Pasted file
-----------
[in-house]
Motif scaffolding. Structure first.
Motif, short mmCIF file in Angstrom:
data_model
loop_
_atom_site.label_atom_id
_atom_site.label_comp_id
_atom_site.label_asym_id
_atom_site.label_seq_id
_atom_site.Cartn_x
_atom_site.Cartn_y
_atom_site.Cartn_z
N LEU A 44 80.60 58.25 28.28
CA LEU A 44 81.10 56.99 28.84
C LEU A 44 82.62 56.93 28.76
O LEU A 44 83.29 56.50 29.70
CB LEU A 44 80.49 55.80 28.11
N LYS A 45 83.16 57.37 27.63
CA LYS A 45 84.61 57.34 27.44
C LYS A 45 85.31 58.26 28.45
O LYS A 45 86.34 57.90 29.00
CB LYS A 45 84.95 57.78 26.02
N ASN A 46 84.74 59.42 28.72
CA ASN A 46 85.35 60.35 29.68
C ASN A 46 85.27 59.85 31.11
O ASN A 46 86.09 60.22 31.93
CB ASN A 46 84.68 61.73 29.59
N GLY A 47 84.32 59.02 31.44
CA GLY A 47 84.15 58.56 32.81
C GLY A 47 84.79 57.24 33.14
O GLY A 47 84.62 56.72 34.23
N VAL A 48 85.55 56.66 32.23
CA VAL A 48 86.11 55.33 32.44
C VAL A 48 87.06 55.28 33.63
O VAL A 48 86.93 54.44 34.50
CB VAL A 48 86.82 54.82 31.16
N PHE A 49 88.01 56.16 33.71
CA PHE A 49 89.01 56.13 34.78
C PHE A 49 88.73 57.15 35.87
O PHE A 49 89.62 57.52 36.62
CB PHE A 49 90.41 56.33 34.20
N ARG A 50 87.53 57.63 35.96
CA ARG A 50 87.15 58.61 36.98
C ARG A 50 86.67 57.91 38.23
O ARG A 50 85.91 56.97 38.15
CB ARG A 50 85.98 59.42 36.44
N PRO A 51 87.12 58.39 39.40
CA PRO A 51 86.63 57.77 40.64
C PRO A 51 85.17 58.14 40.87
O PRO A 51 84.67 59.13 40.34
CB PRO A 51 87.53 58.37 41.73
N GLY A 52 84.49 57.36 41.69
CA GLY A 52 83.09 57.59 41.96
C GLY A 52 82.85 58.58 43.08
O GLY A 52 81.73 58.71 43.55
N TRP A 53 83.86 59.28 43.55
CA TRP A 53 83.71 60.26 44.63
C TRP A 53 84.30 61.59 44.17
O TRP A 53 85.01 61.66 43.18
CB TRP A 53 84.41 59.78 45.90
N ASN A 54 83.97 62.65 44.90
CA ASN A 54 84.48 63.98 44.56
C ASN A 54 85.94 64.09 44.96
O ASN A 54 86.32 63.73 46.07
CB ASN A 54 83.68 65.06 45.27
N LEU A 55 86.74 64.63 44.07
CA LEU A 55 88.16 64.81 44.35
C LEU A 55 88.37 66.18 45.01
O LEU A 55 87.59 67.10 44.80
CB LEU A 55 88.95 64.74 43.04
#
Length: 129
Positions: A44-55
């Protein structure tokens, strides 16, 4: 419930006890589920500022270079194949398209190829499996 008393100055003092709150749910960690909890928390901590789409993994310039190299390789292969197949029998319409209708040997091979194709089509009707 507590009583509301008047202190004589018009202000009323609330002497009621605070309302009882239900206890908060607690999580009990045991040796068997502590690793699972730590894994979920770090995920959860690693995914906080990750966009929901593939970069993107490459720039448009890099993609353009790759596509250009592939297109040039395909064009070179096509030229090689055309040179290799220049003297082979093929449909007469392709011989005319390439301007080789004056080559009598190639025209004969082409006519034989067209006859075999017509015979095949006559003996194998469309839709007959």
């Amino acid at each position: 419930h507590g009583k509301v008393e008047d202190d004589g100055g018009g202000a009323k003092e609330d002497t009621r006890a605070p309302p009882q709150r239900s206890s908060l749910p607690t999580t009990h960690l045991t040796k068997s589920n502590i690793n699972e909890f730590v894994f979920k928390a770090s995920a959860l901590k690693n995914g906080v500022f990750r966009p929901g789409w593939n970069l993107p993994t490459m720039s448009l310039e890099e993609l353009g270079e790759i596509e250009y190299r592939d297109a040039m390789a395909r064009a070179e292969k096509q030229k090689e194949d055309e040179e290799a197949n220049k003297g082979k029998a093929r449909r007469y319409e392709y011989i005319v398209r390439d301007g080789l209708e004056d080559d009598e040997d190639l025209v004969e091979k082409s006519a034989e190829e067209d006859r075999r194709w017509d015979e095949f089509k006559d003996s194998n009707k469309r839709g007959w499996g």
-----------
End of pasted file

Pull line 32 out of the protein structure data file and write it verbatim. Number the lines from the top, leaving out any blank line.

N VAL A 48 85.55 56.66 32.23